Citing his recent blog at HP Communities, Muller said: "IT consumerisation has generated considerable hype. The idea of putting the cost burden of devices back on users seems like a simple solution to a growing problem. However, consumerisation is about much more than people choosing their own devices. Failure to recognise that the old rules of IT are being re-written risks a cost and compliance blowout and an IT backlash as I highlighted in my Top 12 IT Management Trends for 2012 series."
He said that the root of the problem with unmanaged consumerisation is 'shadow IT'. "This can lead to cost, compliance and complexity challenges as services are duplicated, productivity is lost due to employees manually moving their data between increasingly fragmented processes not to mention the potential risk of a mission critical business process failing catastrophically due to its reliance on an undocumented system (whether physical, virtual or cloud)."
Muller added that shadow IT has earned a villain-like status allowing CIOs the power to fire employees who step outside portfolio management processes and procure their own systems. "However, I am starting to believe that trying to prevent Shadow IT with instant dismissal rules could be equally disastrous as people find ways around the rules that will only obscure cost, risk information and hamper innovation."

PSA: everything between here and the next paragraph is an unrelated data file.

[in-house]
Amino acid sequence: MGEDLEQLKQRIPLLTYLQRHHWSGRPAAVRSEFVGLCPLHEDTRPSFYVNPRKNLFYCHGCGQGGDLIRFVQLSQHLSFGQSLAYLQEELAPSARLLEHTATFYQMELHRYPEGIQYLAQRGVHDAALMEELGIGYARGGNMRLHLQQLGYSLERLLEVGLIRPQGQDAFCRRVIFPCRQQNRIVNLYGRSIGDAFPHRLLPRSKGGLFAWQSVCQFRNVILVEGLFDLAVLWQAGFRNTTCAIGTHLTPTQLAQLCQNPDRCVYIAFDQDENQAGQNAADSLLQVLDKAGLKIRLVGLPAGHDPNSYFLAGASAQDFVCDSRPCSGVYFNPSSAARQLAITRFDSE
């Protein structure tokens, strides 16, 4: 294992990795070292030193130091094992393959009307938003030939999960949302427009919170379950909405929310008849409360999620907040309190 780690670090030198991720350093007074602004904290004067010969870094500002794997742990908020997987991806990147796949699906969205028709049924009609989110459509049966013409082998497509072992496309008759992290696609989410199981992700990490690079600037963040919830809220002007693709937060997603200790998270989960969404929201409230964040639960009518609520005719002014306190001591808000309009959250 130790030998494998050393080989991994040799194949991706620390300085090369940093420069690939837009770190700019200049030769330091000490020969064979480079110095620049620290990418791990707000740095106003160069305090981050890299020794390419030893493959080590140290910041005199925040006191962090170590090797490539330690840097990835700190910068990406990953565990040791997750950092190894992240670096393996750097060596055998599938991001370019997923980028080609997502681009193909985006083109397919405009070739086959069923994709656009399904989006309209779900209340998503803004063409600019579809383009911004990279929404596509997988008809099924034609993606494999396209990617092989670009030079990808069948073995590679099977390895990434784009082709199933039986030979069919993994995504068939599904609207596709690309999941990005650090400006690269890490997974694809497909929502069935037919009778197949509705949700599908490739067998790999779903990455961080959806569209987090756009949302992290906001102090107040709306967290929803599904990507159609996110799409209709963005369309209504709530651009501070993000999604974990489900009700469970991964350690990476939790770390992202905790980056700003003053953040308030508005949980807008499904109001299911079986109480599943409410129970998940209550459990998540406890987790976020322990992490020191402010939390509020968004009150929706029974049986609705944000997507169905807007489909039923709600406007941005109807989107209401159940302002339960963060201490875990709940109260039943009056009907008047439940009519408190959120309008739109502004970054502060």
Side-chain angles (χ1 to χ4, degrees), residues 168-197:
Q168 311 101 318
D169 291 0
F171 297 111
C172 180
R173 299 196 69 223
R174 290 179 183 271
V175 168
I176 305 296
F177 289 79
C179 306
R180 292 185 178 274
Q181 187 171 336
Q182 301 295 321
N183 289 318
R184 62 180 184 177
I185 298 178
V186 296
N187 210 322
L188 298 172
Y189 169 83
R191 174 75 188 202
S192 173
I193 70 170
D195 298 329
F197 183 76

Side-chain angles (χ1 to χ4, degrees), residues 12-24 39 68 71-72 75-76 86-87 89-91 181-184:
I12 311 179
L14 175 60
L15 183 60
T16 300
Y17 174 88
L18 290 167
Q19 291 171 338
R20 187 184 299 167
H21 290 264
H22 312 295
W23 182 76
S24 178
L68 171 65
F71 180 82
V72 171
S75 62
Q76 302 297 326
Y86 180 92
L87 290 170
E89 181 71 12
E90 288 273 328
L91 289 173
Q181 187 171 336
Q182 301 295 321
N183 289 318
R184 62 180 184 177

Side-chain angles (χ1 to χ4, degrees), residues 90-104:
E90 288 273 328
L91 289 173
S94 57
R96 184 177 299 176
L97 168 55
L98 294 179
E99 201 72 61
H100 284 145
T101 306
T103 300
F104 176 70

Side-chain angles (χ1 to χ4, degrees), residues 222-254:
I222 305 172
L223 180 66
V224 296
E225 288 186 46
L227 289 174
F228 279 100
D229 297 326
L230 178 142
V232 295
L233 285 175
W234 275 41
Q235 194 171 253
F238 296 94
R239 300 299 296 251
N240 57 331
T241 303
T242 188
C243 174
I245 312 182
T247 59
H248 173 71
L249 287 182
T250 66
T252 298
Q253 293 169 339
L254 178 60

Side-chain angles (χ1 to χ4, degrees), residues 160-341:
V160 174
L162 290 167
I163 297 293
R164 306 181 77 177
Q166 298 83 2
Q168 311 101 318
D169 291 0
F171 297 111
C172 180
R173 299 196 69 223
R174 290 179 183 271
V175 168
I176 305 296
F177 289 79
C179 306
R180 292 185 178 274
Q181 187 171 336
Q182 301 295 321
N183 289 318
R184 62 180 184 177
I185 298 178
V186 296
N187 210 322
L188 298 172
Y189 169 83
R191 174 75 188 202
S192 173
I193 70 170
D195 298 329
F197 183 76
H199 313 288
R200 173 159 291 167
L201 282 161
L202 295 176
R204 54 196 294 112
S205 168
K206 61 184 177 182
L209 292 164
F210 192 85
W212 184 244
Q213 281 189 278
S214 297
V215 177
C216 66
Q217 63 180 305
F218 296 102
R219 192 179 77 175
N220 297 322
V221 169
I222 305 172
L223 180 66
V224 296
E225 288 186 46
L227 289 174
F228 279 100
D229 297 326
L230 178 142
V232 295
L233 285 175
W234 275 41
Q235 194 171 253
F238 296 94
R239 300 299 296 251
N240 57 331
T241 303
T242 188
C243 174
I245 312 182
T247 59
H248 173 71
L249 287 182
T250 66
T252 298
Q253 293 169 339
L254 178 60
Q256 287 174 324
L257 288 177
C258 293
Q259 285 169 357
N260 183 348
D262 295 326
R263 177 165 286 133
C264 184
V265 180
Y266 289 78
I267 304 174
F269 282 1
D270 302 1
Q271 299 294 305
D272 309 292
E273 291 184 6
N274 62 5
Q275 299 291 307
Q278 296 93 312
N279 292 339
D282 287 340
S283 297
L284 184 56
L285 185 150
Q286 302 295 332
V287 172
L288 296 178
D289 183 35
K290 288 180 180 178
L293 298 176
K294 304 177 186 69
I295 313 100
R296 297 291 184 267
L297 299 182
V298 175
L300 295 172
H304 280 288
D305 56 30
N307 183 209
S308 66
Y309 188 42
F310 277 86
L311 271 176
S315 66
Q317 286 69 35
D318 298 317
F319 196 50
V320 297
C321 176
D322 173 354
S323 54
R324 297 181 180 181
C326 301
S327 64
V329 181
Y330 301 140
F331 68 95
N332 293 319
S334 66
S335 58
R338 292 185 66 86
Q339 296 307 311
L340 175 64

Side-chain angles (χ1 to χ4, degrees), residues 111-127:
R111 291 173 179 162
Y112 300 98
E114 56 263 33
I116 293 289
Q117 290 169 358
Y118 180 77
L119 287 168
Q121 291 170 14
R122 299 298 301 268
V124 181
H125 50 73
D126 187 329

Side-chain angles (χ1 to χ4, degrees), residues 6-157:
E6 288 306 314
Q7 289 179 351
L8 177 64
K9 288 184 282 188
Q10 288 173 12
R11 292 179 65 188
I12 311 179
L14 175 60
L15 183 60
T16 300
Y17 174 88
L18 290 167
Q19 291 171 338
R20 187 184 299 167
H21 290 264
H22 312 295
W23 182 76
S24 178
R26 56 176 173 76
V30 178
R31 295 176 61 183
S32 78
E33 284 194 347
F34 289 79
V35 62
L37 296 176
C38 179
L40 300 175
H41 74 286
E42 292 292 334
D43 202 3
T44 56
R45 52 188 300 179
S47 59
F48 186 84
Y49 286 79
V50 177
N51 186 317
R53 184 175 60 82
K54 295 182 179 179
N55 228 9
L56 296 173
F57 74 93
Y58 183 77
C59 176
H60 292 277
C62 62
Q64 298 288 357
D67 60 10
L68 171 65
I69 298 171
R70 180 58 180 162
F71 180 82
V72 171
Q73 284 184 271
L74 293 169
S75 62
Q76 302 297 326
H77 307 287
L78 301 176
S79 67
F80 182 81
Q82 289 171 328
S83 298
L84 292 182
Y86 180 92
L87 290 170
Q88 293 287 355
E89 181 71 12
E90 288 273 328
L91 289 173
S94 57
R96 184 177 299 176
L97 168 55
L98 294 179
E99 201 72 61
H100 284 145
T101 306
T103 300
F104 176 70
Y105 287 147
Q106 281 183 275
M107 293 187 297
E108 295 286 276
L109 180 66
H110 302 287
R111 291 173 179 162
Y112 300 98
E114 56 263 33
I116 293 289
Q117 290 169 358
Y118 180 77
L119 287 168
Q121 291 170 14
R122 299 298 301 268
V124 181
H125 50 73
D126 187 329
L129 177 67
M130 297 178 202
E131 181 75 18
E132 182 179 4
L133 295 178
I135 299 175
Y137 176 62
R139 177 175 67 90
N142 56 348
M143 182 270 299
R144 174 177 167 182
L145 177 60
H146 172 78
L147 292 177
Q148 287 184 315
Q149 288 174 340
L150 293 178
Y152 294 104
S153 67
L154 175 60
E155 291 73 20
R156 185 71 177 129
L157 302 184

"The challenge is finding a governable balance that enables innovation and minimises complication," he said. "An open philosophy is critical when managing the underlying causes behind shadow IT such as BYOD and social networking. HP does not recommend taking away choices; the key is to manage the environment to allow innovation, not an environment of prohibition."
Not just the software
Muller said HP has unveiled the HP IT Performance Suite in Malaysia to help organisations operationalise, measure and improve IT performance across the industry's broadest set of technology investments and asset classes. "This includes the new HP IT Executive Scorecard, which helps IT perform better by providing CIOs insight from across the industry's most comprehensive range of solutions to manage and optimise application development, infrastructure and operations management, security, information management, and financial planning and administration."
"Scorecards used to be run on something like Microsoft Excel," he said. "Digitising and automating the performance measures and structuring the scorecard so that it could be cascaded was key. In addition, the solution brings a story or narrative behind the numbers, which helps organisations see what they did right and what they did wrong. This was an obvious step and one that has got our customers around the world excited. The solutions brings unique things such as comprehensive portfolio, controlling the integration of experience, UDM (universal data model) to understand how different functional aspects of IT are connected to chain of causality, as well as provide flexibility."
Sign up for Computerworld eNewsletters.